The primary mission of the Living Computer Museum is to maintain running computer systems of historical importance. The rest of our work flows from that premise, as we preserve the original environments of digital documents and contribute to fact-based discussions regarding the construction and behavior of vintage computer systems.
The term "restoration" is used by most museums to describe a process of preparing an artifact through cleaning and sometimes structural reinforcement in order to stabilize it for preservation. We employ the term "renovation" to encompass the work done by our engineers to revitalize the collection's computers so that visitors can not only see them, but also experience them as they were originally used.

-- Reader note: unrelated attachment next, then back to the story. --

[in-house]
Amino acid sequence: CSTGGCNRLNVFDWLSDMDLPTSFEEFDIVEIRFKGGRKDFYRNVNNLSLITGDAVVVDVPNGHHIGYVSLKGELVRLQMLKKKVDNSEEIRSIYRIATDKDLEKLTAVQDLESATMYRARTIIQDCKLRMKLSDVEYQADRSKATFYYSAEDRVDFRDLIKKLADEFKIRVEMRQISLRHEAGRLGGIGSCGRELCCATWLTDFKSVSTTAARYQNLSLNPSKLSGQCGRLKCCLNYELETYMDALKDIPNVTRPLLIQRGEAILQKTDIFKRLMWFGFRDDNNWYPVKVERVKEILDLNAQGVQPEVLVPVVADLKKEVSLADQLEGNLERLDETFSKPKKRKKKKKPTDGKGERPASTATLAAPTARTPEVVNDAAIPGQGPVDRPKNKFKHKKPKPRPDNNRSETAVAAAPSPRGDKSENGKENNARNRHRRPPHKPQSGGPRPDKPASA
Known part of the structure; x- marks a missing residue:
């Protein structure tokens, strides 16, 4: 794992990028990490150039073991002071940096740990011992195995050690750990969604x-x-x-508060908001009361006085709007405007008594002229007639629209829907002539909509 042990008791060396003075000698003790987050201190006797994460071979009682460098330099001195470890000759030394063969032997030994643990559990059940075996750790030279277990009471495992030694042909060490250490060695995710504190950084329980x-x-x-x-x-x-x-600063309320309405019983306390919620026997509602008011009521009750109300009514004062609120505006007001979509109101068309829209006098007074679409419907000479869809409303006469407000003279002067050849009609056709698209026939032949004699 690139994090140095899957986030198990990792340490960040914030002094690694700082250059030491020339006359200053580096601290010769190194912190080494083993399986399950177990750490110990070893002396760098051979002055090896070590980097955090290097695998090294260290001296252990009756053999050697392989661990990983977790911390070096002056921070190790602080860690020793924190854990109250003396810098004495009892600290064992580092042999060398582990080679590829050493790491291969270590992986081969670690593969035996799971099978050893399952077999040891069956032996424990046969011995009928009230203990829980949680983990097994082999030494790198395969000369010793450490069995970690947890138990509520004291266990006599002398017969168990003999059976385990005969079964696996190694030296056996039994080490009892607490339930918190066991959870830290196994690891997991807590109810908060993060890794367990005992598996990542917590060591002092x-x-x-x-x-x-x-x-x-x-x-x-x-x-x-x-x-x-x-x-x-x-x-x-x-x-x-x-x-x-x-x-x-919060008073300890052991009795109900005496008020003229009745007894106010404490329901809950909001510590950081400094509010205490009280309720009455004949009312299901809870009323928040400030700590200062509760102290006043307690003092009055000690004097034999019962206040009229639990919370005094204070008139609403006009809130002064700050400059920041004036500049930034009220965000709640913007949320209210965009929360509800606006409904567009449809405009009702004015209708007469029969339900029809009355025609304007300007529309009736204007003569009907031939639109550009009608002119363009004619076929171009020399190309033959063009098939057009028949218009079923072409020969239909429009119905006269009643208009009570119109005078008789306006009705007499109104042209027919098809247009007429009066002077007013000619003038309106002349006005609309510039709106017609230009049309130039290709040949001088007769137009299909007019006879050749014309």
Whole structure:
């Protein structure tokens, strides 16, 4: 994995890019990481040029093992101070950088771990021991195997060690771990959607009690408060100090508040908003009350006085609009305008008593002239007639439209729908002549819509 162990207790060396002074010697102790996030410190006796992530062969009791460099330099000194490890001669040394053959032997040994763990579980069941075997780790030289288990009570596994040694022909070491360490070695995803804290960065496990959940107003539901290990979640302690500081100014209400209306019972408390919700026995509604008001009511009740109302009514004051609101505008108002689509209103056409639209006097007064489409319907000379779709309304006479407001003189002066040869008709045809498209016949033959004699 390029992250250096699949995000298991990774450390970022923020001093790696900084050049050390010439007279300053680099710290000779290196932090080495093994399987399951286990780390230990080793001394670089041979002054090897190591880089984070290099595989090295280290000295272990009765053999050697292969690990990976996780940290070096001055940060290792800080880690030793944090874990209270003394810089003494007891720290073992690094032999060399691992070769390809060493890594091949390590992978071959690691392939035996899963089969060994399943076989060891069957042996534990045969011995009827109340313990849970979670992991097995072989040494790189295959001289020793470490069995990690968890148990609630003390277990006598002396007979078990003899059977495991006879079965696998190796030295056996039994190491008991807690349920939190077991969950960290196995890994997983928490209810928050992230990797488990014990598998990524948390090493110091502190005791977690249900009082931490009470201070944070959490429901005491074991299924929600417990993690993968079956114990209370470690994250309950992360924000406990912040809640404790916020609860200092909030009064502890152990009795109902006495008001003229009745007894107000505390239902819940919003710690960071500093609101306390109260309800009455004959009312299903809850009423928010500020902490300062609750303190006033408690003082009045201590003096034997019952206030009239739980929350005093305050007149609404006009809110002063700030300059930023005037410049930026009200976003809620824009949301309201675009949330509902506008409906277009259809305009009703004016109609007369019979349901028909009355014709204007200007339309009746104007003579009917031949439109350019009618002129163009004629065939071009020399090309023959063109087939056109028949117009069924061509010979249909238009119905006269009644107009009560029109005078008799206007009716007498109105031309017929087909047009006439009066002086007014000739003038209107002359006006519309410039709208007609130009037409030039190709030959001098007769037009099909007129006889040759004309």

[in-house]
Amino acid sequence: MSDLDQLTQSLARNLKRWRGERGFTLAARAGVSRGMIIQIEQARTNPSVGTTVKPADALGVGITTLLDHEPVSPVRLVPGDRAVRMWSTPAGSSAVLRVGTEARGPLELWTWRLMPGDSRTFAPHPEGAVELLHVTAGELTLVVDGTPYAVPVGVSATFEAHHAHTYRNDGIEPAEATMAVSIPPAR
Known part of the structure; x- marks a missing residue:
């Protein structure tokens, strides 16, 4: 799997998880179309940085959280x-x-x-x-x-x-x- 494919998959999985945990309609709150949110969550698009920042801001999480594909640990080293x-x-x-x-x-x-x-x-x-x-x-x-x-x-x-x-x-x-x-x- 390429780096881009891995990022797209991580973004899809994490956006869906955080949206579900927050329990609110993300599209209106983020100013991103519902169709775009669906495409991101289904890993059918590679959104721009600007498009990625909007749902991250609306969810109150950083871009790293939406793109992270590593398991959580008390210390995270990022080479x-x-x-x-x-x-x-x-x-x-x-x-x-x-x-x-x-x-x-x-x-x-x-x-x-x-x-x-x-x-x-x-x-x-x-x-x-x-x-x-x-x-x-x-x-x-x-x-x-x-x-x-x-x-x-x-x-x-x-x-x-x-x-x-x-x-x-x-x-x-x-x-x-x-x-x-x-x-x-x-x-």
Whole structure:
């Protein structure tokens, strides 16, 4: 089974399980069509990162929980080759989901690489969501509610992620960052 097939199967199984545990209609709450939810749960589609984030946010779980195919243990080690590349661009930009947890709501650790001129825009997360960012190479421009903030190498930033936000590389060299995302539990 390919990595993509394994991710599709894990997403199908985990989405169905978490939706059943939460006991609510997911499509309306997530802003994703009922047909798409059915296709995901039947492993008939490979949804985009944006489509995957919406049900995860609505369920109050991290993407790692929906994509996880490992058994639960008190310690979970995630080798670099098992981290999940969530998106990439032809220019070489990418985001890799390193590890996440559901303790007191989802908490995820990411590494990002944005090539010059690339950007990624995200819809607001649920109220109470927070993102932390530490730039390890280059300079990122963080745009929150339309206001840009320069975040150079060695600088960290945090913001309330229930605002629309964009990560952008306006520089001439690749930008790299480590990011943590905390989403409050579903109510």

Renovation is an ongoing part of our work, and visitors can watch the engineers in action as they carefully study, repair and revive the computers in their care. Each restoration project includes careful research about the system to ensure authenticity and safeguard against avoidable risk as the machines are brought back into service.